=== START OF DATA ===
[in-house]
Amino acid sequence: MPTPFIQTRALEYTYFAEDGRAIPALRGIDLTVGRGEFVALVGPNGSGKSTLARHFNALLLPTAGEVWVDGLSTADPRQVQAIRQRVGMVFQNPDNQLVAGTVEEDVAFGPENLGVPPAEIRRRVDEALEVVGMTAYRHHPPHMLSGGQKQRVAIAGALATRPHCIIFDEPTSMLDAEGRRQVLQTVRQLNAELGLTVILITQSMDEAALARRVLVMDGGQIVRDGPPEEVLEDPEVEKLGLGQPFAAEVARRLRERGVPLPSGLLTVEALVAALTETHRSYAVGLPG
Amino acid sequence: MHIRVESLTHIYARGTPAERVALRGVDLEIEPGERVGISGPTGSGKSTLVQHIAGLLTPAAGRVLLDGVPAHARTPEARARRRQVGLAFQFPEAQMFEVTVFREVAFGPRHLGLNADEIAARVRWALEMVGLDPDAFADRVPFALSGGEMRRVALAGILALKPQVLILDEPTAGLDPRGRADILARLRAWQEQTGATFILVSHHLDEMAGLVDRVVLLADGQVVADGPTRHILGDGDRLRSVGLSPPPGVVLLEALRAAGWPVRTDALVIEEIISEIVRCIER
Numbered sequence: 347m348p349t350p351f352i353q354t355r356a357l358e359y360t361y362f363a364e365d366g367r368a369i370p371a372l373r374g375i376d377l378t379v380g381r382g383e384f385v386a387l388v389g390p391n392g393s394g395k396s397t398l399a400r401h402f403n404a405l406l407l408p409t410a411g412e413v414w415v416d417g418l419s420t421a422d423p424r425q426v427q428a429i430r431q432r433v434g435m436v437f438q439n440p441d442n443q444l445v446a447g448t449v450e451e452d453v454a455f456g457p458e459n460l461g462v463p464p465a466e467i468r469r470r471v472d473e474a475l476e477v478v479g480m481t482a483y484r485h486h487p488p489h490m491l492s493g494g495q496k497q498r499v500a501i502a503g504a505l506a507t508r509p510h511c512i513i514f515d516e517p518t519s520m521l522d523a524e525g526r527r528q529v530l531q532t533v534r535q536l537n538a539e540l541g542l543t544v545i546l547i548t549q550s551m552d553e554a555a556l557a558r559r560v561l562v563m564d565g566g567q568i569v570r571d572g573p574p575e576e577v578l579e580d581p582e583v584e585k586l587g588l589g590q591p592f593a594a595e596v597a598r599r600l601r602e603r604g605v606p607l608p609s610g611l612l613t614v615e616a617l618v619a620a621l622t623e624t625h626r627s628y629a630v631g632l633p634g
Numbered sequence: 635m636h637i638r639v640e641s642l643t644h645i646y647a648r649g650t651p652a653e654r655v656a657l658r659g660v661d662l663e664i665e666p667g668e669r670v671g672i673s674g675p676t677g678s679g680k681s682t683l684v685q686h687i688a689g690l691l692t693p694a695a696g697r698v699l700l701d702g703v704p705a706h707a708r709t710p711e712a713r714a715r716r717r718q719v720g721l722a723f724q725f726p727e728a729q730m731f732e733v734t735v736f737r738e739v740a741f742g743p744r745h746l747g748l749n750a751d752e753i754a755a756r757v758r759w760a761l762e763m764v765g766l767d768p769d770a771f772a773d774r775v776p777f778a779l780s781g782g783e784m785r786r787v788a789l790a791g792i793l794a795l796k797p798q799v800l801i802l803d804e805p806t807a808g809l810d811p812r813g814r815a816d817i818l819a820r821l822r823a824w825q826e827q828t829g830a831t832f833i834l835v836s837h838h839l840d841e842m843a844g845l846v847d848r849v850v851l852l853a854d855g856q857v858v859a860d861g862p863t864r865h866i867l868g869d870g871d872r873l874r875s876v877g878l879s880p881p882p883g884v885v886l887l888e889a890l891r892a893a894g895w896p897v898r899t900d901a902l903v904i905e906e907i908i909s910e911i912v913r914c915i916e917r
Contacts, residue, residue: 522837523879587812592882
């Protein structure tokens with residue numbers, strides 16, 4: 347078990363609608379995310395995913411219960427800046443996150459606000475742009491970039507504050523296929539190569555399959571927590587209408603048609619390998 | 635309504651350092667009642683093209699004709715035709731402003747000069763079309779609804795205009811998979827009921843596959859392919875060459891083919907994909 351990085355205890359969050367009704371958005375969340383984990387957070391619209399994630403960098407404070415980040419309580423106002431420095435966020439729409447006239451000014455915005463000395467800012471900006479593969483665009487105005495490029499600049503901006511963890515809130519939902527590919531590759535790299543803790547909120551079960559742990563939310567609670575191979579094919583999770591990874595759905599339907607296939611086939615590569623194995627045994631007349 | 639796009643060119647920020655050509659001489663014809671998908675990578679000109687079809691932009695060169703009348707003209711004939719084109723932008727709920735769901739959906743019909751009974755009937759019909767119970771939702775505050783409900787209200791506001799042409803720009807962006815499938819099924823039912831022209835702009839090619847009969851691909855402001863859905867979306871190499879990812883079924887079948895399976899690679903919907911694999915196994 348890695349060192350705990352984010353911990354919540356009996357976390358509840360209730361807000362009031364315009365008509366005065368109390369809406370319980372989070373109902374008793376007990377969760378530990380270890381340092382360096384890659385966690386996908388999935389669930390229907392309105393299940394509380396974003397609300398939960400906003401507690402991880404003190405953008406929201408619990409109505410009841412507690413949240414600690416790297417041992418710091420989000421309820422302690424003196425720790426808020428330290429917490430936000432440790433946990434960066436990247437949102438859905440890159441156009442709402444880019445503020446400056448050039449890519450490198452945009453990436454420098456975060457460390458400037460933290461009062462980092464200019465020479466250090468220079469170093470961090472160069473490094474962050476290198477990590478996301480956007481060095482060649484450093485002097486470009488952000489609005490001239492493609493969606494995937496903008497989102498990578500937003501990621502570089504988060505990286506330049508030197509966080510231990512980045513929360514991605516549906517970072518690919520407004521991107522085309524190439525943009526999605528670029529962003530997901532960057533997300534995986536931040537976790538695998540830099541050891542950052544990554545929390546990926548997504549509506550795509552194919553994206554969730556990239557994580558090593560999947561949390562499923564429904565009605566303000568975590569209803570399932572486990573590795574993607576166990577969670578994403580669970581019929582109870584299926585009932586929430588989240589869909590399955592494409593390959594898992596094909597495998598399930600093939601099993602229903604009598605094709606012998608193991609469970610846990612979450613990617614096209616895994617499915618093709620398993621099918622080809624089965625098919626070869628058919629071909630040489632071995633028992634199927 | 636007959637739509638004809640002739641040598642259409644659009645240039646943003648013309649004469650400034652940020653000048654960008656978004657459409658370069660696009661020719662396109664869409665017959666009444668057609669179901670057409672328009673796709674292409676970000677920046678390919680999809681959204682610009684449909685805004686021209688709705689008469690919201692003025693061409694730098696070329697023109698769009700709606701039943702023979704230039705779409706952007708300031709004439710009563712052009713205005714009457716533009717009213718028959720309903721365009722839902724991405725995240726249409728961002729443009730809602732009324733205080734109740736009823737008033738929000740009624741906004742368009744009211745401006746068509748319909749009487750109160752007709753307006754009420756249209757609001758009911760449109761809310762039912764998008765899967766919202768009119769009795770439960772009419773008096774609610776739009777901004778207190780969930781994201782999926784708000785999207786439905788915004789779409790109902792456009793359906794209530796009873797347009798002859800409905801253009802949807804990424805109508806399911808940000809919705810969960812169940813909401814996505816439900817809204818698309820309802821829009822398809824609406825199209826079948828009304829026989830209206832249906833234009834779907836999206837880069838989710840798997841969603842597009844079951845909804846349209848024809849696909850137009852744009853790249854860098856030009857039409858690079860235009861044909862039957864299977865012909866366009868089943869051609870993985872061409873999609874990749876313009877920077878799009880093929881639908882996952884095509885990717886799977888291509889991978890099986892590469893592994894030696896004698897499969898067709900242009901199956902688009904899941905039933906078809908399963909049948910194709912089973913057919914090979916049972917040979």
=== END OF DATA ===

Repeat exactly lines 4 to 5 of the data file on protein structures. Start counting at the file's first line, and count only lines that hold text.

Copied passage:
Numbered sequence: 347m348p349t350p351f352i353q354t355r356a357l358e359y360t361y362f363a364e365d366g367r368a369i370p371a372l373r374g375i376d377l378t379v380g381r382g383e384f385v386a387l388v389g390p391n392g393s394g395k396s397t398l399a400r401h402f403n404a405l406l407l408p409t410a411g412e413v414w415v416d417g418l419s420t421a422d423p424r425q426v427q428a429i430r431q432r433v434g435m436v437f438q439n440p441d442n443q444l445v446a447g448t449v450e451e452d453v454a455f456g457p458e459n460l461g462v463p464p465a466e467i468r469r470r471v472d473e474a475l476e477v478v479g480m481t482a483y484r485h486h487p488p489h490m491l492s493g494g495q496k497q498r499v500a501i502a503g504a505l506a507t508r509p510h511c512i513i514f515d516e517p518t519s520m521l522d523a524e525g526r527r528q529v530l531q532t533v534r535q536l537n538a539e540l541g542l543t544v545i546l547i548t549q550s551m552d553e554a555a556l557a558r559r560v561l562v563m564d565g566g567q568i569v570r571d572g573p574p575e576e577v578l579e580d581p582e583v584e585k586l587g588l589g590q591p592f593a594a595e596v597a598r599r600l601r602e603r604g605v606p607l608p609s610g611l612l613t614v615e616a617l618v619a620a621l622t623e624t625h626r627s628y629a630v631g632l633p634g
Numbered sequence: 635m636h637i638r639v640e641s642l643t644h645i646y647a648r649g650t651p652a653e654r655v656a657l658r659g660v661d662l663e664i665e666p667g668e669r670v671g672i673s674g675p676t677g678s679g680k681s682t683l684v685q686h687i688a689g690l691l692t693p694a695a696g697r698v699l700l701d702g703v704p705a706h707a708r709t710p711e712a713r714a715r716r717r718q719v720g721l722a723f724q725f726p727e728a729q730m731f732e733v734t735v736f737r738e739v740a741f742g743p744r745h746l747g748l749n750a751d752e753i754a755a756r757v758r759w760a761l762e763m764v765g766l767d768p769d770a771f772a773d774r775v776p777f778a779l780s781g782g783e784m785r786r787v788a789l790a791g792i793l794a795l796k797p798q799v800l801i802l803d804e805p806t807a808g809l810d811p812r813g814r815a816d817i818l819a820r821l822r823a824w825q826e827q828t829g830a831t832f833i834l835v836s837h838h839l840d841e842m843a844g845l846v847d848r849v850v851l852l853a854d855g856q857v858v859a860d861g862p863t864r865h866i867l868g869d870g871d872r873l874r875s876v877g878l879s880p881p882p883g884v885v886l887l888e889a890l891r892a893a894g895w896p897v898r899t900d901a902l903v904i905e906e907i908i909s910e911i912v913r914c915i916e917r